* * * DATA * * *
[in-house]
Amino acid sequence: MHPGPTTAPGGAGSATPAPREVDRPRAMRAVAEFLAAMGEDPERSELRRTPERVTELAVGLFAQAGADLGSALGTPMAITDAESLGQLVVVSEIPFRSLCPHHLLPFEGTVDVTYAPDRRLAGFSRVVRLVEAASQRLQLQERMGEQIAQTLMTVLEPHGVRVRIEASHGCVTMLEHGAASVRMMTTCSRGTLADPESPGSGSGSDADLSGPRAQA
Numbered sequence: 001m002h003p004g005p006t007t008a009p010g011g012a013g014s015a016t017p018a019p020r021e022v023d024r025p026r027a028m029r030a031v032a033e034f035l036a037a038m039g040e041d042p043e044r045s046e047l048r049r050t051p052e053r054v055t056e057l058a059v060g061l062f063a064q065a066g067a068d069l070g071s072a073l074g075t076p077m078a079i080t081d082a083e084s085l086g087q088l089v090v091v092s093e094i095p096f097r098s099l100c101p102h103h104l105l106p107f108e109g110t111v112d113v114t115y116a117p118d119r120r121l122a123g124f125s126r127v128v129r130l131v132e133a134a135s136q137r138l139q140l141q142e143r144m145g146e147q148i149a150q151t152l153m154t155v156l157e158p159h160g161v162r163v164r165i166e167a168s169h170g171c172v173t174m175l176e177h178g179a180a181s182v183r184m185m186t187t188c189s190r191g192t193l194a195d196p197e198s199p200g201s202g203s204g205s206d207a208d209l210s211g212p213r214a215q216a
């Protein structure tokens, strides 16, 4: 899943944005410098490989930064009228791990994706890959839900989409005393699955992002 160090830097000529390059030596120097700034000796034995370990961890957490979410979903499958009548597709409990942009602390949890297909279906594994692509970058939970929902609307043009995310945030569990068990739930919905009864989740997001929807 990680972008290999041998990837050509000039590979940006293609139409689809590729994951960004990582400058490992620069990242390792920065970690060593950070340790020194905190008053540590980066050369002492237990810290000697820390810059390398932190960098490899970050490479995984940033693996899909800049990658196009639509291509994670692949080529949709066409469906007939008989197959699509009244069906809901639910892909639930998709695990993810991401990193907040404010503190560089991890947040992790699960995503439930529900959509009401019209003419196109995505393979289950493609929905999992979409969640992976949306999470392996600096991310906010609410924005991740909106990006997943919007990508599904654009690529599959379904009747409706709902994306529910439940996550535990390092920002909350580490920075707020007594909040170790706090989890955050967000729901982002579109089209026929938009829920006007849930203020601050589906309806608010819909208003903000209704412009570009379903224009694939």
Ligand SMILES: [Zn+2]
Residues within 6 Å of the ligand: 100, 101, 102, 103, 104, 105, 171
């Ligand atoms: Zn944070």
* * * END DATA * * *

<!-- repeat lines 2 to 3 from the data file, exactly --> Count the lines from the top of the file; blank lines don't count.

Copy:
Amino acid sequence: MHPGPTTAPGGAGSATPAPREVDRPRAMRAVAEFLAAMGEDPERSELRRTPERVTELAVGLFAQAGADLGSALGTPMAITDAESLGQLVVVSEIPFRSLCPHHLLPFEGTVDVTYAPDRRLAGFSRVVRLVEAASQRLQLQERMGEQIAQTLMTVLEPHGVRVRIEASHGCVTMLEHGAASVRMMTTCSRGTLADPESPGSGSGSDADLSGPRAQA
Numbered sequence: 001m002h003p004g005p006t007t008a009p010g011g012a013g014s015a016t017p018a019p020r021e022v023d024r025p026r027a028m029r030a031v032a033e034f035l036a037a038m039g040e041d042p043e044r045s046e047l048r049r050t051p052e053r054v055t056e057l058a059v060g061l062f063a064q065a066g067a068d069l070g071s072a073l074g075t076p077m078a079i080t081d082a083e084s085l086g087q088l089v090v091v092s093e094i095p096f097r098s099l100c101p102h103h104l105l106p107f108e109g110t111v112d113v114t115y116a117p118d119r120r121l122a123g124f125s126r127v128v129r130l131v132e133a134a135s136q137r138l139q140l141q142e143r144m145g146e147q148i149a150q151t152l153m154t155v156l157e158p159h160g161v162r163v164r165i166e167a168s169h170g171c172v173t174m175l176e177h178g179a180a181s182v183r184m185m186t187t188c189s190r191g192t193l194a195d196p197e198s199p200g201s202g203s204g205s206d207a208d209l210s211g212p213r214a215q216a